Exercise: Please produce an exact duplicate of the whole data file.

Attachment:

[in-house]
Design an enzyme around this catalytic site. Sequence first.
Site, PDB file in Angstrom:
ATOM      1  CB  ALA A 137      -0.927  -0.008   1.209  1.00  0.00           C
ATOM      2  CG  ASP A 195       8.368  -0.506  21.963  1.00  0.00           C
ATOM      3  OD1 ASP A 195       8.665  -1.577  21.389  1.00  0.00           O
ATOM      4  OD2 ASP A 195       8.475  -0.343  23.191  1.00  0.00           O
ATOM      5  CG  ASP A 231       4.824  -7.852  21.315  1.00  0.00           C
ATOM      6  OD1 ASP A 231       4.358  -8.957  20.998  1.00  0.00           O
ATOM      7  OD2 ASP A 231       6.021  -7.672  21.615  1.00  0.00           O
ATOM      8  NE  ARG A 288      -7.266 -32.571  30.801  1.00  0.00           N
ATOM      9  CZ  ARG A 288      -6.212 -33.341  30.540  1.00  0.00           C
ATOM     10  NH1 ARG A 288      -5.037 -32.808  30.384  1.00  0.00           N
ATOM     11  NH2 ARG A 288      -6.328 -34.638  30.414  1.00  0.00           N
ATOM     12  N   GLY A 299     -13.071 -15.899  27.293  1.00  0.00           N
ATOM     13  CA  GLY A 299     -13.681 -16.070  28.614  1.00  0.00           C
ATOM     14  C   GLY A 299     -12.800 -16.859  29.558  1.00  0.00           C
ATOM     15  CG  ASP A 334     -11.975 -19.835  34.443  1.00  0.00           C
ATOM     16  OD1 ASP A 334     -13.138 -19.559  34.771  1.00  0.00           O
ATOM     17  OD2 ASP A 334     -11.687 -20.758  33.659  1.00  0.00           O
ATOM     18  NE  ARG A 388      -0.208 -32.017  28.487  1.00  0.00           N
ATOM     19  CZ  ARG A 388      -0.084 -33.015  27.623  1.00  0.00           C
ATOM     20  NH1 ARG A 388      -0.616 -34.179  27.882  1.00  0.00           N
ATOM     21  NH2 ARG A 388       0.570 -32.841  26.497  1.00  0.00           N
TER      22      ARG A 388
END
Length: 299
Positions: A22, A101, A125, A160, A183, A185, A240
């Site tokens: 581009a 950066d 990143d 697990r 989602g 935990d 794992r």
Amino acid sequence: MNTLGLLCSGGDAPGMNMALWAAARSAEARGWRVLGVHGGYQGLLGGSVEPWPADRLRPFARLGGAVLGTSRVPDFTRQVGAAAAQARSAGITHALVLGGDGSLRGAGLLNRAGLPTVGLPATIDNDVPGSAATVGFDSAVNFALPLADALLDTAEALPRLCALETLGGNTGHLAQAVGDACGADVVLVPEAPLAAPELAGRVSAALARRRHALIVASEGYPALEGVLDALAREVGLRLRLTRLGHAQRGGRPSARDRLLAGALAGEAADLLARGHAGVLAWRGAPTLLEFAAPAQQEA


[in-house]
Design an enzyme around this catalytic site. Sequence first.
Site, PDB file in Angstrom:
ATOM      1  CB  ALA A 137      -0.927  -0.008   1.209  1.00  0.00           C
ATOM      2  CG  ASP A 195       8.368  -0.506  21.963  1.00  0.00           C
ATOM      3  OD1 ASP A 195       8.665  -1.577  21.389  1.00  0.00           O
ATOM      4  OD2 ASP A 195       8.475  -0.343  23.191  1.00  0.00           O
ATOM      5  CG  ASP A 231       4.824  -7.852  21.315  1.00  0.00           C
ATOM      6  OD1 ASP A 231       4.358  -8.957  20.998  1.00  0.00           O
ATOM      7  OD2 ASP A 231       6.021  -7.672  21.615  1.00  0.00           O
ATOM      8  NE  ARG A 288      -7.266 -32.571  30.801  1.00  0.00           N
ATOM      9  CZ  ARG A 288      -6.212 -33.341  30.540  1.00  0.00           C
ATOM     10  NH1 ARG A 288      -5.037 -32.808  30.384  1.00  0.00           N
ATOM     11  NH2 ARG A 288      -6.328 -34.638  30.414  1.00  0.00           N
ATOM     12  N   GLY A 299     -13.071 -15.899  27.293  1.00  0.00           N
ATOM     13  CA  GLY A 299     -13.681 -16.070  28.614  1.00  0.00           C
ATOM     14  C   GLY A 299     -12.800 -16.859  29.558  1.00  0.00           C
ATOM     15  CG  ASP A 334     -11.975 -19.835  34.443  1.00  0.00           C
ATOM     16  OD1 ASP A 334     -13.138 -19.559  34.771  1.00  0.00           O
ATOM     17  OD2 ASP A 334     -11.687 -20.758  33.659  1.00  0.00           O
ATOM     18  NE  ARG A 388      -0.208 -32.017  28.487  1.00  0.00           N
ATOM     19  CZ  ARG A 388      -0.084 -33.015  27.623  1.00  0.00           C
ATOM     20  NH1 ARG A 388      -0.616 -34.179  27.882  1.00  0.00           N
ATOM     21  NH2 ARG A 388       0.570 -32.841  26.497  1.00  0.00           N
TER      22      ARG A 388
END
Length: 299
Positions: A22, A101, A125, A160, A183, A185, A240
């Site tokens: 581009a 950066d 990143d 697990r 989602g 935990d 794992r």
Amino acid sequence: MNTLGLLCSGGDAPGMNMALWAAARSAEARGWRVLGVHGGYQGLLGGSVEPWPADRLRPFARLGGAVLGTSRVPDFTRQVGAAAAQARSAGITHALVLGGDGSLRGAGLLNRAGLPTVGLPATIDNDVPGSAATVGFDSAVNFALPLADALLDTAEALPRLCALETLGGNTGHLAQAVGDACGADVVLVPEAPLAAPELAGRVSAALARRRHALIVASEGYPALEGVLDALAREVGLRLRLTRLGHAQRGGRPSARDRLLAGALAGEAADLLARGHAGVLAWRGAPTLLEFAAPAQQEA